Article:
Scoping irresponsible behaviour in hospitality and tourism: Widening the perspective of CSR
School of Business and Law
This paper aims to broaden the understanding of social responsibility in hospitality and tourism by positioning it in the wider context of responsibilities for deviant behaviour. The paper presents a critical literature review that scopes responsible and irresponsible behaviour of different stakeholders in hospitality and tourism and tackles some of the often-unquestioned assumptions of CSR, including who should be held accountable for ensuring responsibility (“the onus of responsibility”).
The paper follows the methods and structure of a critical, concept-driven literature review. The literature review is inclusive in terms of its source material and covers different research traditions and study fields.
The paper helps to overcome two unquestioned assumptions of CSR, i.e. that tourism responsibility is located best at the self-regulating business level and that responsible behaviour is preferred as a focus which oftentimes overshadows the issue of irresponsible behaviour. CSR is positioned as one approach amongst many to govern and tackle deviant tourism behaviour. Moreover, CSR’s blind spot on irresponsibility is removed.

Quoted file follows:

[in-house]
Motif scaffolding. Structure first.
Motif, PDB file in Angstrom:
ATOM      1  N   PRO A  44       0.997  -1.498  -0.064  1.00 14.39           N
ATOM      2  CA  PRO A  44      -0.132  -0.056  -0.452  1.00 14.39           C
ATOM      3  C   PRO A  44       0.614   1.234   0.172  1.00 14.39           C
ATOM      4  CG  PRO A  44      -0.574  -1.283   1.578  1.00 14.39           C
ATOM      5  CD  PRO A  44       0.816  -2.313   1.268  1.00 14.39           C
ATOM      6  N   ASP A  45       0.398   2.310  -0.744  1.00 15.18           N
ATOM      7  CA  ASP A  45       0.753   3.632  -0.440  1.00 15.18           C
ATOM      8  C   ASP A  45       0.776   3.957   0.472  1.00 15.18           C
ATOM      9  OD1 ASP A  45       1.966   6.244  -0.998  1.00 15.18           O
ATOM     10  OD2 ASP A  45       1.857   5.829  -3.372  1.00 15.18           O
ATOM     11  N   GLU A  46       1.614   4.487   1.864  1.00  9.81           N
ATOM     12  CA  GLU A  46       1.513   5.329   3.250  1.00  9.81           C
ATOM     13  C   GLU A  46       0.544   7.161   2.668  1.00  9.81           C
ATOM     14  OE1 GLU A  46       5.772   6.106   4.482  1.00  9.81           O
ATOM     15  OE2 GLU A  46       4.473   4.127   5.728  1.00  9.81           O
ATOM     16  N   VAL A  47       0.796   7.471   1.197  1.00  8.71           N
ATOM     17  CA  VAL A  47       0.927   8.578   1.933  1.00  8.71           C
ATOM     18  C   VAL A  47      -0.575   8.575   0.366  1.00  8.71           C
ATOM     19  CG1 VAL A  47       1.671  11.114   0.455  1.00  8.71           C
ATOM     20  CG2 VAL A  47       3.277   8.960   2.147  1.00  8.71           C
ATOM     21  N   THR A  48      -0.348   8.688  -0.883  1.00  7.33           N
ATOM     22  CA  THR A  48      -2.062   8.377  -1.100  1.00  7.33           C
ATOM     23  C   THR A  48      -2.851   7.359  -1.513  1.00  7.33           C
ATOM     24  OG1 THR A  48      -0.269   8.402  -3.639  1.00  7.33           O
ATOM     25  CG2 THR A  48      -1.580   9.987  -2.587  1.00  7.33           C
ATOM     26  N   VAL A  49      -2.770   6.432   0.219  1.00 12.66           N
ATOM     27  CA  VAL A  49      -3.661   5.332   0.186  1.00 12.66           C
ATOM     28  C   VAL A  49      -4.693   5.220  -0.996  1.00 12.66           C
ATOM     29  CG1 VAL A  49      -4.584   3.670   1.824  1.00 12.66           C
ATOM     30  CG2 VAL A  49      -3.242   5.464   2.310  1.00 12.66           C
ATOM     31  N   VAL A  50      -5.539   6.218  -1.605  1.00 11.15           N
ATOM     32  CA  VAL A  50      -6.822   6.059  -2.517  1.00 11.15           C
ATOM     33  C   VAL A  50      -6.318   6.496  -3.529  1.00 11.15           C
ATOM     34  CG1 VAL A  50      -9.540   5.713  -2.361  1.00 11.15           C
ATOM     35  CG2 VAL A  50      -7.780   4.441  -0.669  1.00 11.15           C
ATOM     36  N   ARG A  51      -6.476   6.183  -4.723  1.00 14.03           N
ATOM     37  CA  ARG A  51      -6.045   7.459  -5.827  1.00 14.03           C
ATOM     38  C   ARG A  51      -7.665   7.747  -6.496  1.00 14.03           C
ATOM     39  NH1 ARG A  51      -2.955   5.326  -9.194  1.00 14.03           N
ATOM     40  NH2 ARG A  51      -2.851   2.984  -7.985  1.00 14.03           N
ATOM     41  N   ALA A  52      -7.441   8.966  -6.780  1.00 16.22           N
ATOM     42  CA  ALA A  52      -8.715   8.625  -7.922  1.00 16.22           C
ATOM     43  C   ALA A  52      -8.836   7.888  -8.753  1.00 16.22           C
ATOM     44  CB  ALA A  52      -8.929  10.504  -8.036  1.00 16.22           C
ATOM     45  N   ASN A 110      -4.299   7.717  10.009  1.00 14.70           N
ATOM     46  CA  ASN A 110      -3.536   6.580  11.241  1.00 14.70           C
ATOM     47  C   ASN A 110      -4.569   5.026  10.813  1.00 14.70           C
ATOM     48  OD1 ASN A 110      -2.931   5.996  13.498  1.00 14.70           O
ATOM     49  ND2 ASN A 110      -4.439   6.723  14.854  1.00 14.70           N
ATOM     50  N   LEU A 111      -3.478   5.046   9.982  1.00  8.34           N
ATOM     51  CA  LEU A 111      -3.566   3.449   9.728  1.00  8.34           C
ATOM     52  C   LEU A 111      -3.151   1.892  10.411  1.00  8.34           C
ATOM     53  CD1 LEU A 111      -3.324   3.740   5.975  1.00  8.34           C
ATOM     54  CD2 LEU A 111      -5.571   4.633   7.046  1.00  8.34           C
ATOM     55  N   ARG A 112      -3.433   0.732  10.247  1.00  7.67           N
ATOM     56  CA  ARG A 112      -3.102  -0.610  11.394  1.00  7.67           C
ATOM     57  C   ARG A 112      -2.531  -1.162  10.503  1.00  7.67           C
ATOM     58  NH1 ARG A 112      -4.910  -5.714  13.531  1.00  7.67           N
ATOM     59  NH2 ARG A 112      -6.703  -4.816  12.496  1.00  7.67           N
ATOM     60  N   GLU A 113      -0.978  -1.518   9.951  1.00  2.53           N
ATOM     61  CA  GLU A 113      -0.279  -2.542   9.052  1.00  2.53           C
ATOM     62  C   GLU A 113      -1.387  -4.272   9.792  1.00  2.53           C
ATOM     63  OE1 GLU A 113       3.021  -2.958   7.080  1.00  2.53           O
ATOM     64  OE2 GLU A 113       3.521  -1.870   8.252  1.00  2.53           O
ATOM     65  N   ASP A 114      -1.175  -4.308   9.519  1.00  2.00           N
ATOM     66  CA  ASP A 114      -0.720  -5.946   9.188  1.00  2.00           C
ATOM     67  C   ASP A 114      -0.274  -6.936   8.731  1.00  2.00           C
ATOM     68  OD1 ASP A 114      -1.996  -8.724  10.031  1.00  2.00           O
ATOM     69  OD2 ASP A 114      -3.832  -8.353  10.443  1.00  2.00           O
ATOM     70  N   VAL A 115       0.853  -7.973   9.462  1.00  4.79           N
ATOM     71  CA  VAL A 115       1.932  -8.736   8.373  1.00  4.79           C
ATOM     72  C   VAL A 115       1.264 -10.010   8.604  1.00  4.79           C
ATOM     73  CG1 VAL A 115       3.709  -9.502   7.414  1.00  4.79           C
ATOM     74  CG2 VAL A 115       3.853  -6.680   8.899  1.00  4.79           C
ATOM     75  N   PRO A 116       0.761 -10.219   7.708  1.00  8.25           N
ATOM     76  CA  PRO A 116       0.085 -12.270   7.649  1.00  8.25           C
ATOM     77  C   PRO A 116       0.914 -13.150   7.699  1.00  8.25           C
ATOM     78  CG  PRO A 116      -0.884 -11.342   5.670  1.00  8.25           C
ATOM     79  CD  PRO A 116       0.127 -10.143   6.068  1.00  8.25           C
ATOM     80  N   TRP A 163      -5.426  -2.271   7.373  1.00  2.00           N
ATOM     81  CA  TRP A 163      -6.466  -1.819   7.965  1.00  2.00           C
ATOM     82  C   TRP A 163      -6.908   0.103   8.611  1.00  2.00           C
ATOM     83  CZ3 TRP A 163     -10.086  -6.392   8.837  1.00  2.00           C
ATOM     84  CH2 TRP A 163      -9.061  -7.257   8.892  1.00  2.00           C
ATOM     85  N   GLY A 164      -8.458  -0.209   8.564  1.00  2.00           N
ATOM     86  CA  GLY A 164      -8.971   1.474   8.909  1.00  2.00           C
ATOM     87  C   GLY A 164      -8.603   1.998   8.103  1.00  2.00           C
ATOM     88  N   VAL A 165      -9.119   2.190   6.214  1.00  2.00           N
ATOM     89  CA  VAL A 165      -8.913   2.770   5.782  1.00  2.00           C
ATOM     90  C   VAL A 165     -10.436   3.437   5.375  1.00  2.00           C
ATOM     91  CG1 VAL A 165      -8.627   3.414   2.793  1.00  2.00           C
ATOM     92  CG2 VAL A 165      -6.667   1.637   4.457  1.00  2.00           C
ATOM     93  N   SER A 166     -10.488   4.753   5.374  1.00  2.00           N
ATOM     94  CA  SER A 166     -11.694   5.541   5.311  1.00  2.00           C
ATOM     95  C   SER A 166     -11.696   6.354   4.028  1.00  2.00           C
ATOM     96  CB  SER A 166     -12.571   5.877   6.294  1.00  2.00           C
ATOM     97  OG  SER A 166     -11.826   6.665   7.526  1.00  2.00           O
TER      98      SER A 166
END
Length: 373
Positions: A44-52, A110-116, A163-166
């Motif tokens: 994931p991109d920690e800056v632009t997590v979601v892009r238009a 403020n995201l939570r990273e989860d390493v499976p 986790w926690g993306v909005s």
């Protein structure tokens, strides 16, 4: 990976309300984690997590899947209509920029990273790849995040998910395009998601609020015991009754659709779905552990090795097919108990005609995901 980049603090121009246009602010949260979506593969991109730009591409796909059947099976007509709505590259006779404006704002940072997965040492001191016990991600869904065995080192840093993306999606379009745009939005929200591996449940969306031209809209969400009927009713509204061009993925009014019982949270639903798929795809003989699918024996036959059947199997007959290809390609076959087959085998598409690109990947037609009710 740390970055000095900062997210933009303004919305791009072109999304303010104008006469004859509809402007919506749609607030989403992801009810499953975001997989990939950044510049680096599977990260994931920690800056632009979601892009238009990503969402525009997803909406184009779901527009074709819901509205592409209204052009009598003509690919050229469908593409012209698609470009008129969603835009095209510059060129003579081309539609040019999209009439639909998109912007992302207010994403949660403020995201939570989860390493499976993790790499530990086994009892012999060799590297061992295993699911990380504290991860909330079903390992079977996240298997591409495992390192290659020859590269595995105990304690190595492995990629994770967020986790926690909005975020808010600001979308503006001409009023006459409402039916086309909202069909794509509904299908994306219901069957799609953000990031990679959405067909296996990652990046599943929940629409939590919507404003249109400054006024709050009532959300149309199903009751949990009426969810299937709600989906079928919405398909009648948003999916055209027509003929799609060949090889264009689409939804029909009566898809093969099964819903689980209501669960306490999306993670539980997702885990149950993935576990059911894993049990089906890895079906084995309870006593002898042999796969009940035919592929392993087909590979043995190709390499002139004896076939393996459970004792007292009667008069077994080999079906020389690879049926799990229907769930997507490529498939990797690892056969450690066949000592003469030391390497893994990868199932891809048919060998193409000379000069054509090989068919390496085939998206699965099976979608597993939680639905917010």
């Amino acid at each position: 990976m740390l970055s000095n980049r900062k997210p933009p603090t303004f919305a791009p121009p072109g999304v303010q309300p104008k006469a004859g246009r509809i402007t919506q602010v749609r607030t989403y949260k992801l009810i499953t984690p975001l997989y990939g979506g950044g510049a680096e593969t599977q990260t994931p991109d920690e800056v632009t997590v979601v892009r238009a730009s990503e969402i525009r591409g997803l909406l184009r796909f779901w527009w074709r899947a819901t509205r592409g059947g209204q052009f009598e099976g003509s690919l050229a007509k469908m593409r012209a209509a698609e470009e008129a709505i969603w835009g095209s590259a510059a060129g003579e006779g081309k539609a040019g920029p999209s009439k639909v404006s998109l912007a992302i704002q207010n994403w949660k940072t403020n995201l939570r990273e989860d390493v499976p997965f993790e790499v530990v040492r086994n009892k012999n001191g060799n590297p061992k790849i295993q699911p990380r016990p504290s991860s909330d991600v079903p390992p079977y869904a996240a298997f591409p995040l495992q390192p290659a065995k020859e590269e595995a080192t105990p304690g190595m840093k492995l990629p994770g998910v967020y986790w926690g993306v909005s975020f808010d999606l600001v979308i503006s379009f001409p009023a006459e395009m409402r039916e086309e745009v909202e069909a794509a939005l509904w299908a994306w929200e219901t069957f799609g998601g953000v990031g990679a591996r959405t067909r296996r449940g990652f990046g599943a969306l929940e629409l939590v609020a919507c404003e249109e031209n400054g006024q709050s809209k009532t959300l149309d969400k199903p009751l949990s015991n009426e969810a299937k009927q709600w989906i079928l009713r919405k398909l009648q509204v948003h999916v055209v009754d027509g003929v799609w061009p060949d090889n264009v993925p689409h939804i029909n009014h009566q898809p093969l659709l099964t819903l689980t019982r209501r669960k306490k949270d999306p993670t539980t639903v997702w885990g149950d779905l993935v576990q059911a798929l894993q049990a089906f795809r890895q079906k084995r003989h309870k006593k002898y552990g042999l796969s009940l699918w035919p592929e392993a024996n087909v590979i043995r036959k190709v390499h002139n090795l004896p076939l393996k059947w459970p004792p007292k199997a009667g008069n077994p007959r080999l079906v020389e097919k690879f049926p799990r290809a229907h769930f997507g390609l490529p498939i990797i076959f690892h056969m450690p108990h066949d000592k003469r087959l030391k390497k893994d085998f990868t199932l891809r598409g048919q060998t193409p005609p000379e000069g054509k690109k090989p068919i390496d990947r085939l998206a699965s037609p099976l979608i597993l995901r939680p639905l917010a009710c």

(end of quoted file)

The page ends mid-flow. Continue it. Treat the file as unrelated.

The paper is the first one to integrate the literature of CSR in hospitality and tourism with the literature on deviant tourism behaviour and on corporate social irresponsibility and can thereby cross-fertilise and broaden the three perspectives. The paper contributes to the literature by substantially widening the perspective of CSR in hospitality and tourism, thus opening new avenues of research.